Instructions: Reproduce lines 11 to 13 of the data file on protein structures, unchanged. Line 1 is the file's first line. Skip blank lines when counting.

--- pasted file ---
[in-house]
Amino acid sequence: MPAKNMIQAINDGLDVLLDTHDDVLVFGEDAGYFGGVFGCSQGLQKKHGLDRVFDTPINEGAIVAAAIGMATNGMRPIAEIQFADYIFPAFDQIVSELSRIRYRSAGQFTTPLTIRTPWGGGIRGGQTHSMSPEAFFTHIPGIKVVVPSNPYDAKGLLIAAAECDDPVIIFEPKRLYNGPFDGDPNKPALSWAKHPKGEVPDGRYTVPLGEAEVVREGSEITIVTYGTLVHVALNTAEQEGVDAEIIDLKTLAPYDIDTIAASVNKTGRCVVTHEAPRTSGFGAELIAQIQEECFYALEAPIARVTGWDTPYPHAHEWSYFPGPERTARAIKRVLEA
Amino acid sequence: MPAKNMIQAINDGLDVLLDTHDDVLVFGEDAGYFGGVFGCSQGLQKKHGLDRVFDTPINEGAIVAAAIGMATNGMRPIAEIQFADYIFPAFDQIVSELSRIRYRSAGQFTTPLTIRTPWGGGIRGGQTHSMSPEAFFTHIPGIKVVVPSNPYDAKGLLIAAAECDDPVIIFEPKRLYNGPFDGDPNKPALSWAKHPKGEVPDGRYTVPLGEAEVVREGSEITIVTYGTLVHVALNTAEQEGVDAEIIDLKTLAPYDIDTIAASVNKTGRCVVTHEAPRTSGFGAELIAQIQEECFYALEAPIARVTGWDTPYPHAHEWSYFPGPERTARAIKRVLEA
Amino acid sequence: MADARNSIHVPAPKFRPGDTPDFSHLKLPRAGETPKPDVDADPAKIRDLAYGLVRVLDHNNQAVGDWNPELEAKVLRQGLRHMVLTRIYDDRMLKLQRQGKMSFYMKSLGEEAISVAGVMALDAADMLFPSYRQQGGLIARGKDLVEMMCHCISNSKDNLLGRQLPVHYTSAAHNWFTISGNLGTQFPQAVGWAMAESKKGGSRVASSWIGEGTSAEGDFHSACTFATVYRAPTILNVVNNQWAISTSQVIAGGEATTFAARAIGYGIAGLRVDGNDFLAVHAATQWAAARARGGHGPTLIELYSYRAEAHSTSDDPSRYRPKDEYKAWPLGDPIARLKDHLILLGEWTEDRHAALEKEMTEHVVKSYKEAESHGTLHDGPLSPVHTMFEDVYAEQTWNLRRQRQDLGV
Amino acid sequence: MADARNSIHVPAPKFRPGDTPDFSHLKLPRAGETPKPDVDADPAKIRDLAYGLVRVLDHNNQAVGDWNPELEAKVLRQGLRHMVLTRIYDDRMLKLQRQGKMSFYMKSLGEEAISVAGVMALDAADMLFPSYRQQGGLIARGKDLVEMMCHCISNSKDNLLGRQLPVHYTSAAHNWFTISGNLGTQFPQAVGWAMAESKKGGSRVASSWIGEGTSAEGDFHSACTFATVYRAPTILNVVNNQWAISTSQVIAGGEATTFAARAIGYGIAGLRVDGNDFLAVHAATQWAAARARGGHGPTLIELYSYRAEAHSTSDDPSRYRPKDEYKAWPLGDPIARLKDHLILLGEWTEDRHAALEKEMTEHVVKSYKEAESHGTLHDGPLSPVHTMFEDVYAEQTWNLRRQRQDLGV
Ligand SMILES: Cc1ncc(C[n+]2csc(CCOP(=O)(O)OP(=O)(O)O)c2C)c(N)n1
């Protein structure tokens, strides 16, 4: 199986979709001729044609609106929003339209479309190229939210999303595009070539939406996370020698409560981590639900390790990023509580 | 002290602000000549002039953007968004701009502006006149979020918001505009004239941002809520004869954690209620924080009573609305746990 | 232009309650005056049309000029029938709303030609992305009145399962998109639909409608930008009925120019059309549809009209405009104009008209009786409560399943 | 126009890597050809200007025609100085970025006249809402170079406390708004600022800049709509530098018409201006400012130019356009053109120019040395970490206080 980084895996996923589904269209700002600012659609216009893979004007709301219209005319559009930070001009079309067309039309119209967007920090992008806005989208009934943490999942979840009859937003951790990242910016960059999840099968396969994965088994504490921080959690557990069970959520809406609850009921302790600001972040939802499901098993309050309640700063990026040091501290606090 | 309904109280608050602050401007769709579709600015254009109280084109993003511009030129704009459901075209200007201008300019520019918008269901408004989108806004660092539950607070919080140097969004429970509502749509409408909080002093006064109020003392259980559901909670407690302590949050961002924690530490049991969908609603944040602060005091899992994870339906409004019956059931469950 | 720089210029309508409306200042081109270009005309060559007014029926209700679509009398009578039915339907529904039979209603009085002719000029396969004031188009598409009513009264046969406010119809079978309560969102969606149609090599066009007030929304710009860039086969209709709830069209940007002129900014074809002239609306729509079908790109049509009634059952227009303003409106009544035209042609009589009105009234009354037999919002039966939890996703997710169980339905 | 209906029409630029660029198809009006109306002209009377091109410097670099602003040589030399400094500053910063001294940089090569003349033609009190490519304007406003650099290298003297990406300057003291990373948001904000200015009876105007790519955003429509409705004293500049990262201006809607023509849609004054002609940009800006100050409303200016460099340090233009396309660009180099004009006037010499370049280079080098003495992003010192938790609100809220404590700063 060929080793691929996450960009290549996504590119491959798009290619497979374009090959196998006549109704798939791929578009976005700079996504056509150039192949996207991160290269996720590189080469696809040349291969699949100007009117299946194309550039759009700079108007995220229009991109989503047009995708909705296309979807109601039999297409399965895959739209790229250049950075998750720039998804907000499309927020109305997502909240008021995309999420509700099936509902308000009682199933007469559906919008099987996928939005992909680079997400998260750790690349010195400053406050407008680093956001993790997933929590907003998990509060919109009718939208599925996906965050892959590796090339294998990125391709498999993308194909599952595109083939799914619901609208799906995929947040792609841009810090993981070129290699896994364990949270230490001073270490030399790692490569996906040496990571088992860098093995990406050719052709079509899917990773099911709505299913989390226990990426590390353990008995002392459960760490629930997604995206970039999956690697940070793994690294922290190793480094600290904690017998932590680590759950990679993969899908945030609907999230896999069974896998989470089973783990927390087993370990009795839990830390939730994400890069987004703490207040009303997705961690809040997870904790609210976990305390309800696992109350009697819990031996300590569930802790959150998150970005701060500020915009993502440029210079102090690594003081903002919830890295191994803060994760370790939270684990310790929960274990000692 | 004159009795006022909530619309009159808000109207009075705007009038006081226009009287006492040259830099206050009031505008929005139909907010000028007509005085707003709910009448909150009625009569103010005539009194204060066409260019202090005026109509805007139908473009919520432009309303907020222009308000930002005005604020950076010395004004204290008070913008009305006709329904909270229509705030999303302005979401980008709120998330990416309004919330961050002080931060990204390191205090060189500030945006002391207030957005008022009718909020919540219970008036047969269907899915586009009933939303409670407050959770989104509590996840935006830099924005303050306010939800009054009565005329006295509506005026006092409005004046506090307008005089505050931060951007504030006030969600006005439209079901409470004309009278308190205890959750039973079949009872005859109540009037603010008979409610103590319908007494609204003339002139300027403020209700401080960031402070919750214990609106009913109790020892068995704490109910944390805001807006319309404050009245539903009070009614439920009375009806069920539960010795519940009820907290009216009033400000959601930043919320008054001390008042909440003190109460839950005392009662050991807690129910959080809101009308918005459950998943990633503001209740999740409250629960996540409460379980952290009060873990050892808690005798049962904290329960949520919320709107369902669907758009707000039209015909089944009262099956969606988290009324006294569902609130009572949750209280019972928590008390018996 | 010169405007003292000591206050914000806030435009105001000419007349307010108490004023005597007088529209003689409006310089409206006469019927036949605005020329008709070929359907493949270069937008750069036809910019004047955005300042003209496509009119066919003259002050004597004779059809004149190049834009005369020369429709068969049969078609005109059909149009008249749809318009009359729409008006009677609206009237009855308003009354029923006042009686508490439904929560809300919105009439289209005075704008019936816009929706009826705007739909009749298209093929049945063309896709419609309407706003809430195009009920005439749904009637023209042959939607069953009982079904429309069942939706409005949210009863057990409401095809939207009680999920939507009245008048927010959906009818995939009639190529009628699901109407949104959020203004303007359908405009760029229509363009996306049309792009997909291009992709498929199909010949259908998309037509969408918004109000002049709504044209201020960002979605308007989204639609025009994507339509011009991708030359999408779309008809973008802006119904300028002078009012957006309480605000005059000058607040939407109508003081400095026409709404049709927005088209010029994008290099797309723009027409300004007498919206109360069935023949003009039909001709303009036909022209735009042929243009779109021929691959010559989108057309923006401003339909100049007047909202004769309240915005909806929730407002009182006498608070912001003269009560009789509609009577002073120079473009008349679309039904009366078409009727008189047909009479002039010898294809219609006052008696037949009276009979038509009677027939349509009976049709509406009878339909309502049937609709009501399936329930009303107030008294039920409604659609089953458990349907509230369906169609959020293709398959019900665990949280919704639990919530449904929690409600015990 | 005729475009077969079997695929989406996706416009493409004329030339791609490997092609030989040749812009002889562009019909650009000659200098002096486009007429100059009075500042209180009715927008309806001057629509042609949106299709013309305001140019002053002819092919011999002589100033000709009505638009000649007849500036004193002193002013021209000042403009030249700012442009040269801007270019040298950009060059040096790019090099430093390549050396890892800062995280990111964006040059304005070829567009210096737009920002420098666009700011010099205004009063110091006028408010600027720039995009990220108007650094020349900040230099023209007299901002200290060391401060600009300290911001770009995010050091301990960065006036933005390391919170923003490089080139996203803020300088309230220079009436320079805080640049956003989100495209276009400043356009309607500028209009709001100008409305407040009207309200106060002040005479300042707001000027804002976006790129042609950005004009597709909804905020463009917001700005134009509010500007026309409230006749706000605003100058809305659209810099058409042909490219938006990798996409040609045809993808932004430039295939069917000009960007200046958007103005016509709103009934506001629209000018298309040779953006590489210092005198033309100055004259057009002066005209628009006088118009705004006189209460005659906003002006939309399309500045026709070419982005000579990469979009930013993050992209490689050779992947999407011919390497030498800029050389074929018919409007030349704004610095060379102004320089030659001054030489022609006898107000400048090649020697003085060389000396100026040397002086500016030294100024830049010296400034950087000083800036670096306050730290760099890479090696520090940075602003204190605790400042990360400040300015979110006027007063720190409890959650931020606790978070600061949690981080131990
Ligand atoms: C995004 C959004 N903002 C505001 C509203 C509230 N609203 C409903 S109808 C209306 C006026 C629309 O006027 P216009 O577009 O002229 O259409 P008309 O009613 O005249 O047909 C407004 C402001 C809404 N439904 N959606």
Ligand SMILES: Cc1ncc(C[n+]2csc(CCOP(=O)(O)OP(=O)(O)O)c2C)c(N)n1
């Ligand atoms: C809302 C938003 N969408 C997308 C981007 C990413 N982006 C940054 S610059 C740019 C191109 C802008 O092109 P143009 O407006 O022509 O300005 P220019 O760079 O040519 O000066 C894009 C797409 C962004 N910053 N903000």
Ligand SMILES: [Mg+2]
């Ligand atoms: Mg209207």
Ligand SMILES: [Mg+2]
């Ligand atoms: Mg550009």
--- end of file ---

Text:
Ligand SMILES: [Mg+2]
């Ligand atoms: Mg209207």
Ligand SMILES: [Mg+2]